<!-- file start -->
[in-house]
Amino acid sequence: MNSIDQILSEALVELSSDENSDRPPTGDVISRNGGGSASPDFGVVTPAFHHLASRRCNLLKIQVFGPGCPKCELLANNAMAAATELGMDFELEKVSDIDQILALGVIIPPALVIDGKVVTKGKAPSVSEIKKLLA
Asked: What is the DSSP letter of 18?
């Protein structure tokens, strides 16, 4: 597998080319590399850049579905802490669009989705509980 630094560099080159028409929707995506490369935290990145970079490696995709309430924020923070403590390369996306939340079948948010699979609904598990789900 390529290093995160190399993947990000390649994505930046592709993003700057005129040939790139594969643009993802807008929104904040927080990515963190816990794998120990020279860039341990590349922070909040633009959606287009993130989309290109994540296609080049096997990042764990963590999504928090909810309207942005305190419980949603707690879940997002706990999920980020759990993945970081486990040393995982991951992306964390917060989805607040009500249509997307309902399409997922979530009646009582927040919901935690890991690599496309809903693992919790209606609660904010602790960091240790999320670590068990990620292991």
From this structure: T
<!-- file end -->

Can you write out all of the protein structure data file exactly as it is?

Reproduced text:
[in-house]
Amino acid sequence: MNSIDQILSEALVELSSDENSDRPPTGDVISRNGGGSASPDFGVVTPAFHHLASRRCNLLKIQVFGPGCPKCELLANNAMAAATELGMDFELEKVSDIDQILALGVIIPPALVIDGKVVTKGKAPSVSEIKKLLA
Asked: What is the DSSP letter of 18?
């Protein structure tokens, strides 16, 4: 597998080319590399850049579905802490669009989705509980 630094560099080159028409929707995506490369935290990145970079490696995709309430924020923070403590390369996306939340079948948010699979609904598990789900 390529290093995160190399993947990000390649994505930046592709993003700057005129040939790139594969643009993802807008929104904040927080990515963190816990794998120990020279860039341990590349922070909040633009959606287009993130989309290109994540296609080049096997990042764990963590999504928090909810309207942005305190419980949603707690879940997002706990999920980020759990993945970081486990040393995982991951992306964390917060989805607040009500249509997307309902399409997922979530009646009582927040919901935690890991690599496309809903693992919790209606609660904010602790960091240790999320670590068990990620292991």
From this structure: T